But don’t jump on the App Store and look for the new app, because you won’t find it there. Don’t bother looking on Android Market, because it isn’t there either. And no, it’s not a BlackBerry app. So what’s the big deal about this new app if you can’t even find it on any of the app stores for download.
The big deal is the app is focused on customer service, which is one of Nordstrom’s biggest focus items. When it came time to go mobile, Nordstrom didn’t launch a customer facing application for your typical consumer. They could have done this, and it would have been relatively simple to develop and roll out an app for Nordstrom customers that would provide store location services, hours, contact numbers, etc. But they didn’t go there. Nordstrom did something that seems obvious, but it’s one which so many companies miss.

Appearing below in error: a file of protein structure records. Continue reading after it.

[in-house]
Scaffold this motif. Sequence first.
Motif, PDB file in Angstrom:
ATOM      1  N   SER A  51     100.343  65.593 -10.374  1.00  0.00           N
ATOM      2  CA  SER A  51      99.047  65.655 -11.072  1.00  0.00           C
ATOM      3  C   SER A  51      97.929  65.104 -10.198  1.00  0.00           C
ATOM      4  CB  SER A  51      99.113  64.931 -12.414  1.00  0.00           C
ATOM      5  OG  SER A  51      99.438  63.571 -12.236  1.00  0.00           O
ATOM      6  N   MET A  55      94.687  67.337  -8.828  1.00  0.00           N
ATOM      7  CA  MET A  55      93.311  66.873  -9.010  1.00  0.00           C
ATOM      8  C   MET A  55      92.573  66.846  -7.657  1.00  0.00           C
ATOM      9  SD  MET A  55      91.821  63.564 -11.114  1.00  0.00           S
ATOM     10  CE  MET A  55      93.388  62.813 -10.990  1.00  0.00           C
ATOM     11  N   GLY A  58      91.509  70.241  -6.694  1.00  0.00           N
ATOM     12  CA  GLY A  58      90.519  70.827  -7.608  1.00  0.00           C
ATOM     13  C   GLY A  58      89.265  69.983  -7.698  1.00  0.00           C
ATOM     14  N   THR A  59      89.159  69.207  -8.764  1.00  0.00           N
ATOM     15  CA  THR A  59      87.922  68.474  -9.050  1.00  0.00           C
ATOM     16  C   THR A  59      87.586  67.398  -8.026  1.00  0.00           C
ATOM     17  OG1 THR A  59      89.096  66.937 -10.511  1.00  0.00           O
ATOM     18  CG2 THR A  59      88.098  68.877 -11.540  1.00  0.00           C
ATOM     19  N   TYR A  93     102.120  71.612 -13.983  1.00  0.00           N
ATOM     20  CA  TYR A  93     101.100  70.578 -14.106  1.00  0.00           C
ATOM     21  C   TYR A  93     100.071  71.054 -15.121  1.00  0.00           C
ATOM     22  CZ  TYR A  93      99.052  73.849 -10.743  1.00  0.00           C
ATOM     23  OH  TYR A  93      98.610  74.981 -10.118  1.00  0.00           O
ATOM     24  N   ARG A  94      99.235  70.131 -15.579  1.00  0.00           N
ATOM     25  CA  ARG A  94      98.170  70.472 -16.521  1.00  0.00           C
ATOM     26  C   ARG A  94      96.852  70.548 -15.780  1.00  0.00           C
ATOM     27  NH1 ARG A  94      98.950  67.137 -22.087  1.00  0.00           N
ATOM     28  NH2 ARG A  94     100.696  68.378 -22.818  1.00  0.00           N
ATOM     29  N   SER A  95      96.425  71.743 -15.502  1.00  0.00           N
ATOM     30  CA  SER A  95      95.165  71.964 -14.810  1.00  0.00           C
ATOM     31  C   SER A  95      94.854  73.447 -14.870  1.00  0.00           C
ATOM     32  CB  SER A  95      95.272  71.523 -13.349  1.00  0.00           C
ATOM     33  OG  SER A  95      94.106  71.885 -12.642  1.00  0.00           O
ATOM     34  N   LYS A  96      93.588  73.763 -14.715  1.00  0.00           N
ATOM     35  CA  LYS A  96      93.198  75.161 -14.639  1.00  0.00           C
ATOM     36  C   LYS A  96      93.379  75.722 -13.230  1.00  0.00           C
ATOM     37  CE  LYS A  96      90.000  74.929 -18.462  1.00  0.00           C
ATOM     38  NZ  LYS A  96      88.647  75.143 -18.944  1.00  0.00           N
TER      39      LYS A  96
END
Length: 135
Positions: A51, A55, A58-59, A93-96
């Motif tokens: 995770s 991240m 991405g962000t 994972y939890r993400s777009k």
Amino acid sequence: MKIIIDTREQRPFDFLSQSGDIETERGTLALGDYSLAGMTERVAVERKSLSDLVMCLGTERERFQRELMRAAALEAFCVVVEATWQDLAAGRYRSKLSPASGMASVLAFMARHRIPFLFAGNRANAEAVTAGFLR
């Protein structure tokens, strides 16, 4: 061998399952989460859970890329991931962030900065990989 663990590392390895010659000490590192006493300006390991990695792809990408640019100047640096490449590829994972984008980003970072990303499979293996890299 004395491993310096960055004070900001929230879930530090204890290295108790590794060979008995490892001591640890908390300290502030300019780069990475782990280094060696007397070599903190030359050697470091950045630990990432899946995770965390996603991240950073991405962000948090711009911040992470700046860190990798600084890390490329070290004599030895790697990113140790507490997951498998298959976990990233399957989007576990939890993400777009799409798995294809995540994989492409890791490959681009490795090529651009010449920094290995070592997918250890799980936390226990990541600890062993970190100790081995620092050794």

They aimed their mobile effort at helping enhance a business priority that was important to them…customer service. Realizing their customers didn’t want to wait in line for simple price checks or inventory checks, they developed an app that runs on an iPod Touch and allows their sales people to look up immediate information for customers without forcing the customer to wait in line for a cashier to do that type of look up. In fact, they can complete check outs without the customer having to go to a register, a technique called line busting.
There is nothing wrong with customer facing applications. In fact, very often they are valuable tools. However, mobility can be leveraged in many other ways. The trick is to understand your business needs and priorities, and then find the right type of mobile mechanism to help you reach those priorities.
Bravo, Nordstrom! You did well.
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